What about Async/Await?


We’ve heard your feedback that you’re excited about async/await in TypeScript. Async/await allows developers to write to asynchronous code flows as if they were synchronous, removing the need for registering event handlers or writing separate callback functions. You may have seen similar patterns in C#. TypeScript’s async/await pattern makes use of Promises, much like C#’s async/await pattern leverages Tasks. Promises are objects that represent ongoing asynchronous actions and are a built-in feature of ECMAScript 6 (ES6). TypeScript’s async/await is implemented as proposed for ES2016 (aka ES7).

We’re happy to announce that you can already use async/await today if you’re targeting Node.js v4 or later! In this post, we’ll show you how and give you an update on async/await’s progress.

How async/await works

JavaScript is single-threaded and sequential: once your function starts running, it can’t be interrupted before it runs to completion. For most tasks, this is exactly what the developer expects and wants. However, when an asynchronous task (such as a call to a web service) is running, it’s more efficient to allow the rest of the JavaScript to continue running while you wait for the task to return. Async/await allows you to call asynchronous methods much the same way you’d call a synchronous method, but without blocking for the asynchronous operations to complete.

For example, in the code below, main awaits on the result of the asynchronous function ping. Because main awaits, it’s declared as an async function. The ping function awaits on the delay function in a loop, so it’s declared as async as well. The delay function calls setTimeout to return a Promise after a certain amount of time. When setTimeout’s promise returns, you’ll see ‘ping’ on the console.

async function main() {  await ping(); }

async function ping() {  for (var i = 0; i < 10; i++) {   await delay(300);   console.log(“ping”);  } }

function delay(ms: number) {  return new Promise(resolve => setTimeout(resolve, ms)); }



TypeScript uses ES6 generators to implement the ability to re-enter a function at a given point when an asynchronous call returns. Generators use the yield keyword to tell the JavaScript runtime when control is being given up while a function waits for something to happen. When that something happens, the JavaScript runtime then continues the function execution from where control was yielded. For the sample above, the TypeScript compiler emits the below ES6 JavaScript for the ping function.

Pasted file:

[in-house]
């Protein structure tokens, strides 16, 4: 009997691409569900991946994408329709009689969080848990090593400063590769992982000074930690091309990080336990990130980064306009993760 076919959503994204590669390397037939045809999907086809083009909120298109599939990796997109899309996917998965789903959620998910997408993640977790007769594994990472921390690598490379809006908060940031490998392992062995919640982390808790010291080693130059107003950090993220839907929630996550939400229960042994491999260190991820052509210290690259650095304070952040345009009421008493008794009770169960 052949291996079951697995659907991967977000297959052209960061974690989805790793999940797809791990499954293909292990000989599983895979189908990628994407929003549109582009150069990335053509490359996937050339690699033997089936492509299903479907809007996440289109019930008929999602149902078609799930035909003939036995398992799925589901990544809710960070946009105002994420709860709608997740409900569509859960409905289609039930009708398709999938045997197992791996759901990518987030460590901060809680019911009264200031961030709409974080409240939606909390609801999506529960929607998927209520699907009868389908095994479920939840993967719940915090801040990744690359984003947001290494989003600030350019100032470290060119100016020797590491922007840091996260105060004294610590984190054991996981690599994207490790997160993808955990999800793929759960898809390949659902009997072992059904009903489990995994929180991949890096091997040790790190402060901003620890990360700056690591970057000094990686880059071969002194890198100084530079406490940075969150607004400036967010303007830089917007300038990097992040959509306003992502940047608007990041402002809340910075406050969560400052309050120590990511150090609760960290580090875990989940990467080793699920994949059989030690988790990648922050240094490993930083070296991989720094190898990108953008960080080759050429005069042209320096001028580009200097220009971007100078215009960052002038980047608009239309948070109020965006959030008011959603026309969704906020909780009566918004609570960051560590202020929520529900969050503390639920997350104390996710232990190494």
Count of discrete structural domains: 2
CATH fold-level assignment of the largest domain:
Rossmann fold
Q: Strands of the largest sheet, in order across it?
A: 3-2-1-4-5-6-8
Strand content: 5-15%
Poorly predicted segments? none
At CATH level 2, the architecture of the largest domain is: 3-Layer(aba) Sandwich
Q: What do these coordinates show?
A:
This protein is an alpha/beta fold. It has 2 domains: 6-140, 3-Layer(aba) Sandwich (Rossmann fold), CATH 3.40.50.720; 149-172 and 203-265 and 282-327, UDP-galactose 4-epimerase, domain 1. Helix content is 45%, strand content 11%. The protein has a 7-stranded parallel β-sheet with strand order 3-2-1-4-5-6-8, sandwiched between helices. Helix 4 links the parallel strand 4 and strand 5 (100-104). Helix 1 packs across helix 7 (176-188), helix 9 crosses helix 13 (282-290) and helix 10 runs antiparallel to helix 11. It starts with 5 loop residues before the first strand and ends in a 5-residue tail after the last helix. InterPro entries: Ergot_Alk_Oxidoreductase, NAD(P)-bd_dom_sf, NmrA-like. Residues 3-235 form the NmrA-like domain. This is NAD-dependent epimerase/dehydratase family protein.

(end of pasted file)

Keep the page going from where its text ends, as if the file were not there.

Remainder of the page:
function ping() {  return __awaiter(this, void 0, Promise, function* () {   for (var i = 0; i < 10; i++) {    yield delay(300);    console.log(“ping”);   }  }); }

The__awaiter function wraps the function body, including the yield statement, in a Promise that executes the function as a generator.

Trying it out with Node.js

Starting with nightly builds, TypeScript 1.7 now supports async/await for ES6 targets. You can install the latest nightly build of TypeScript using npm install typescript@next and try it with Node.js v4 or beyond, which has support for ES6 generators. Here’s how your tsconfig.json would look like:

"compilerOptions": {
  "target": "ES6",
  "module": "commonjs"

The compiled JavaScript output can then run in Node.js:

If you’re targeting Node.js v4 or later, try out async/await today. We’ve created a more complex sample using the GitHub API to asynchronously retrieve history on a repo. You can find the source on the TypeScriptSamples repo and run it in Node.js. We’d love to hear your feedback and if you find issues, please let us know. One other thing to keep in mind: Node.js doesn’t yet support ES6 modules, so choose CommonJS module output when compiling your TypeScript, as indicated in the tsconfig.json above.

Next steps

We know that many TypeScript developers want to write async/await code for browsers as well as for Node.js and understand that using a temporary solution based on additional transpiliation layer is not optimal either from a developer workflow perspective or due to the performance impact it causes with the extra compilation overhead. To target the breadth of browsers, we need to rewrite ES6 generator functions into ES5-executable JavaScript using a state machine. It’s a big challenge that requires significant changes across the compiler, but we’re working on it. Stay tuned; we’ll keep you up to date on our progress!



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